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Photo by:B.A. Nilsson

The Best of Times, the Wurst of Times
By B.A. Nilsson

Bavarian Chalet
Route 20 and French’s Mill Road, Guilderland, 355-8005. Serving Mon-Fri 11-1, Sat 3-11. AE, D, MC, V.

Cuisine: German and Continental
Entrée price range: $15 (chicken piccata) to $16 (almost everything)
Ambiance: Rural lodge
Clientele: Sightseers

Seated in front of the kitchen door, we saw the chef go by a few times during the evening. The first time, he greeted us as he passed, but was indiscreet enough to shout, as he entered the kitchen, “Guess who’s dining here tonight? Santa Claus!”

On the one hand, it was a reminder to me that this is getting to be the wrong time of year for a gray-haired fat guy to sport a beard. I’m now clean-shaven. On the other, it’s a heads-up for restaurant people to keep the kitchen chatter quiet.

Santa resemblance notwithstanding, I can’t promise good things in this review.

The Bavarian Chalet opened more than 40 years ago, the creation of Franz Zwicklbauer, who ran Little Bavaria in Albany for several years before that. The 20-acre Guilderland site is as much a retreat as a restaurant, with a large, rambling building set on handsome grounds that include gardens and a nature preserve.

The Zwicklbauer family also owned a restaurant on Warner’s Lake, recently sold, now run with a couldn’t-care-less attitude that seems also to be infecting the Chalet.

We visited twice, first arriving on a Sunday evening a half-hour before the kitchen closed, which I was assured wasn’t a problem—but we came just as a bus tour of yappy old women was clearing out, and it had taken its toll.

With five in our party, there wasn’t a table set up in the main dining area, so we settled in a room off the bar, where a buffet was being broken down. That in itself wasn’t a problem, but the staff sure seemed tired.

The meal was terrific. Although the German specialties have been remanded to the menu’s back page, we made it a point to sample a variety of them and happily can report that the wurst plate (#15) is as good as ever, with a trio of plump sausages—weisswurst (or bockwurst), the soft, white variety, and two of the darker bratwurst type, along with the ever-excellent potato pancake, sauerkraut, and some dipping mustard.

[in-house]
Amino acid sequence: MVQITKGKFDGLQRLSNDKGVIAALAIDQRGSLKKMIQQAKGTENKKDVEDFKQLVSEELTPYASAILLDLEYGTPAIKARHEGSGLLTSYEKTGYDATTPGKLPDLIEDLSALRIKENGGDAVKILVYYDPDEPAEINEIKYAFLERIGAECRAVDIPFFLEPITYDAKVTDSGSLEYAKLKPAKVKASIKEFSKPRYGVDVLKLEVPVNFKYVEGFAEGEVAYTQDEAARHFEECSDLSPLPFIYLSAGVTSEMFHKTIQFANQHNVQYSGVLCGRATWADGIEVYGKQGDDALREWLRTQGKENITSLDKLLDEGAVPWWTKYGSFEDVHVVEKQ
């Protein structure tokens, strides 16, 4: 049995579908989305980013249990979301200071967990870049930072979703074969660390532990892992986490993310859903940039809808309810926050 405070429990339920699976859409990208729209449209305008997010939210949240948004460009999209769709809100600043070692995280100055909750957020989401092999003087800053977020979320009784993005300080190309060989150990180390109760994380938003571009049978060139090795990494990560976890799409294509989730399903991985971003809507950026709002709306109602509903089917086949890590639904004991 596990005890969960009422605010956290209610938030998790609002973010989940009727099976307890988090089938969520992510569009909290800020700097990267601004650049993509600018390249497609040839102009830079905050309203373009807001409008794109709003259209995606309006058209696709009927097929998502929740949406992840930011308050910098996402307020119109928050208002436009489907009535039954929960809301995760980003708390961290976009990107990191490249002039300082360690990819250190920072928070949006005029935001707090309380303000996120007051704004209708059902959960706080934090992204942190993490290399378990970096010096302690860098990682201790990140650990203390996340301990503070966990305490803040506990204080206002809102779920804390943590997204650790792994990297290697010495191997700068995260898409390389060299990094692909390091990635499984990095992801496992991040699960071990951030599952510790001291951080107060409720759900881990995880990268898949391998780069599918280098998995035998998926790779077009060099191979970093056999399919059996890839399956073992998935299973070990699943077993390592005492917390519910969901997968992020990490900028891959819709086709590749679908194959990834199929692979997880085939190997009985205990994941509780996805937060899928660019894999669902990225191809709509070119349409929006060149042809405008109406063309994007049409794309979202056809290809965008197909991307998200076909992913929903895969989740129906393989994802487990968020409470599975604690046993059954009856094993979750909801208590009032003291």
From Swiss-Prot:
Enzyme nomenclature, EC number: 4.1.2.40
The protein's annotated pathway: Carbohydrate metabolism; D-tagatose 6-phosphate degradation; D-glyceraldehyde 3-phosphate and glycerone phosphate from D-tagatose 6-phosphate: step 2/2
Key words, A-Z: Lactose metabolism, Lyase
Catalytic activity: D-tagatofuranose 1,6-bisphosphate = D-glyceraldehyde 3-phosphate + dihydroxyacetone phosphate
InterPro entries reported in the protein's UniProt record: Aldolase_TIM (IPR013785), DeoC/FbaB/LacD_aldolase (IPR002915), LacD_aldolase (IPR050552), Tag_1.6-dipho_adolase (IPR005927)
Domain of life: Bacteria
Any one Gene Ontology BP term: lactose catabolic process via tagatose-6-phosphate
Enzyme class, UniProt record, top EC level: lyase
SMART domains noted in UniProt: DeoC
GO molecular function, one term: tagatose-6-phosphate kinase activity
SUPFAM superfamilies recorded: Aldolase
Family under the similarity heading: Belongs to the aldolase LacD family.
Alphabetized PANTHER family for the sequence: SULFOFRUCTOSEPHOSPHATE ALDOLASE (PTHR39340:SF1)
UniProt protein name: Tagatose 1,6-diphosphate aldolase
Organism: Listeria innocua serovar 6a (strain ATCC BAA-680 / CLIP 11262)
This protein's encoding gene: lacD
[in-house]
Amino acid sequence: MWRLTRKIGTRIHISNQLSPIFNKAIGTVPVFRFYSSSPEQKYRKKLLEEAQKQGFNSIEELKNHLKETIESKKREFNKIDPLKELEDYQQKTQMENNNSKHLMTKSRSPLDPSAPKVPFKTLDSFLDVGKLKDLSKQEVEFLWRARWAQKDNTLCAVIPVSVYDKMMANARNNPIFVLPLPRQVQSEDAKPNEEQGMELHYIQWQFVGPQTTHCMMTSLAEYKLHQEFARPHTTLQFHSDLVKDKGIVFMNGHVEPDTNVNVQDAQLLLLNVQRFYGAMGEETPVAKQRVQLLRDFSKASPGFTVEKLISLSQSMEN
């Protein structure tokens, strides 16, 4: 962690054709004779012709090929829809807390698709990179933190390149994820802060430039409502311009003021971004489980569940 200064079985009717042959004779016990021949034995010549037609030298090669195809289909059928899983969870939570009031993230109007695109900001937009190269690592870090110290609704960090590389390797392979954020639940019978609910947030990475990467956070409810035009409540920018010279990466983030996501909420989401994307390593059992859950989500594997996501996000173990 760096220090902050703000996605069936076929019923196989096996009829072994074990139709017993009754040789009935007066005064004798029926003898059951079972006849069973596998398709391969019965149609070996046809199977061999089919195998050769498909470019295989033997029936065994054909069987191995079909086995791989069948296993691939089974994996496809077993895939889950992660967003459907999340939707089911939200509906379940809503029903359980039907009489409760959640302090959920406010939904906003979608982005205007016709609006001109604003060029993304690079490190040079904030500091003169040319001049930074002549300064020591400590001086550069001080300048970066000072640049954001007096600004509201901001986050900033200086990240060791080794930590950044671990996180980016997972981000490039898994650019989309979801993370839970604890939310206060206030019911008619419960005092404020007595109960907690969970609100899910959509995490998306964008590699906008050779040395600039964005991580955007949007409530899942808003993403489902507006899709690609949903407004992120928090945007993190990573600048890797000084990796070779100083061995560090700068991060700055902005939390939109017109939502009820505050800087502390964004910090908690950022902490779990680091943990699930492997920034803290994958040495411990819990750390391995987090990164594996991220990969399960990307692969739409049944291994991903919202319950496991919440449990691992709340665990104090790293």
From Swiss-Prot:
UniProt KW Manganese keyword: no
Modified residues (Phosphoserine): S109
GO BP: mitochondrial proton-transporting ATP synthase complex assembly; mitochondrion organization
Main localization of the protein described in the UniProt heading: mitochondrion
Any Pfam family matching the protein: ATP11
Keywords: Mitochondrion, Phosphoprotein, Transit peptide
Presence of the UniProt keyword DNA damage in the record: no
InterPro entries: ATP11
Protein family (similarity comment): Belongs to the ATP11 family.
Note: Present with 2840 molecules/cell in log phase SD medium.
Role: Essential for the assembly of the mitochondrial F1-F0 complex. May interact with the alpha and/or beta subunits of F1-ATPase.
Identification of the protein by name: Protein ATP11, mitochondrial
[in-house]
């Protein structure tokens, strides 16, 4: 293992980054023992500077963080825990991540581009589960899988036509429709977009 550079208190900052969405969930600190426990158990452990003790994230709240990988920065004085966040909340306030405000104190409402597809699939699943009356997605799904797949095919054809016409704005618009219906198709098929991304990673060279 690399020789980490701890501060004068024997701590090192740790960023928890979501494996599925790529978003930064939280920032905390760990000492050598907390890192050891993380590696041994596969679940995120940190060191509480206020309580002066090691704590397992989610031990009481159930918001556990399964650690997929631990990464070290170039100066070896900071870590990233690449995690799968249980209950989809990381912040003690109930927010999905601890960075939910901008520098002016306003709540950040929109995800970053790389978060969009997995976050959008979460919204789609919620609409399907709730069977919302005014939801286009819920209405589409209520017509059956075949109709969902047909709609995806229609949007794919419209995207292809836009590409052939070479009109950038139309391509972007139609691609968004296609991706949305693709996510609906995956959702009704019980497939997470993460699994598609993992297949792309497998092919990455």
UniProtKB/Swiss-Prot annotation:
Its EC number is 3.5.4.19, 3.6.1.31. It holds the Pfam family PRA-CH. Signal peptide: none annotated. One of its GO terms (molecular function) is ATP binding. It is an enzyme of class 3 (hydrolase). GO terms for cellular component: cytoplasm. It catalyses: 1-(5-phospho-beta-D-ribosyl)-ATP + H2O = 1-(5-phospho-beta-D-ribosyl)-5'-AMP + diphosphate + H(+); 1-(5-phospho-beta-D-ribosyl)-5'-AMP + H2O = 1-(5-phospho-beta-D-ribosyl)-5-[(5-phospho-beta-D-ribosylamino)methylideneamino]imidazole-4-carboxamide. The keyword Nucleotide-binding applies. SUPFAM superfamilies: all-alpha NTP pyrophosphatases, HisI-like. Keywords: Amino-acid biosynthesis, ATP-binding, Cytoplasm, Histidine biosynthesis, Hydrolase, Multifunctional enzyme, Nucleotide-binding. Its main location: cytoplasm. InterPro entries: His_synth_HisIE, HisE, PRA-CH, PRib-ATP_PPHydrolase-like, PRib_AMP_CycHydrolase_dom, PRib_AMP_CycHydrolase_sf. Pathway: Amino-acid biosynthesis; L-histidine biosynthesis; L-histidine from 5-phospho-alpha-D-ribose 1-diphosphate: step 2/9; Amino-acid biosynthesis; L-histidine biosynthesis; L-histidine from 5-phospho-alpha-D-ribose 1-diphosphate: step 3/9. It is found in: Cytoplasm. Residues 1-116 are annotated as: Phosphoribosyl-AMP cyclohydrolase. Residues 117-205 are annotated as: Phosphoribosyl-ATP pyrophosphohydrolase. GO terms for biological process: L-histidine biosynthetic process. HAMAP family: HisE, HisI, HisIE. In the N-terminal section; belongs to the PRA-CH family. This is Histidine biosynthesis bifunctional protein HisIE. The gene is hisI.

Sauerbraten ($16) is a long-standing trademark: tenderizing a serving of beef with a long stay in a sweetened wine-based marinade, and pairing it with its accompanying gravy (as well as potato pancake and red cabbage) personifies the restaurant’s tradition. No less appealing is the jaeger (hunter’s) schnitzel ($17), a breaded veal cutlet served with a
mushroom sauce and including spaetzle, finger-sized dumplings.

Told that the stuffed pork chop wasn’t available, my friend Ron opted for the chicken piccata ($15), an Italian-inspired sautée that features lemon flavor; I ordered a flat-iron steak ($16), a small cut that normally hugs a chunk of gristle but proves to be tender and flavorful when properly trimmed, and it was quite delicious, served atop a worthy mound of mashed potatoes with a side of sautéed squash.

Hardly had our entrées been cleared, however, when we were slapped with a check by a fly-by server. I later asked if desserts were available but was too intimidated to order any.

Which was just as well; our second visit ended with a slice of very bad Black Forest cake. I worked for a German chef many years ago who searched far and wide for a baker to provide him with a good example of this multilayer confection. “Dessert and coffee are the last things you taste in a restaurant,” he insisted. “They have to be good.”

We hoped this second visit would show the floor staff in a better light, but there was no floor staff at all. Granted, it was early on a Thursday evening, but the floor was covered only by a fellow who spoke little English (and otherwise was, I think, a busboy) and a bartender reluctantly pressed into service.

It became something out of Fawlty Towers. My wife’s order of chicken Damiano ($16), in which spinach and eggplant are added to the grilled meat, with melted fontinella to finish, was fine, but my daughter was served a steak sandwich instead of the spare ribs she requested. While that was being sorted out, my pork chop arrived.

It turned out, as chef Matthew Juk explained, that while he no longer was offering the asparagus and brie stuffing, I could get a breaded or grilled chop (still $16), and on his recommendation I ordered it grilled.

I didn’t associate the peculiar odor with the meat at first. I thought it was my sneakers. Then I took a bite and nearly suffered self-induced whiplash. Juk credited the odor to a marinade based on Maggi seasoning, a Nestlé product that’s mostly monosodium glutamate and yeast; I think the meat was on the brink of going bad.

He offered to replace it with the flat-iron steak, but I wanted something different and opted for the rainbow trout ($15), which was nicely sautéed but fairly free of flavor other than the butter melted on top. And I discovered, long after we paid, that I was still charged for the more expensive pork chop.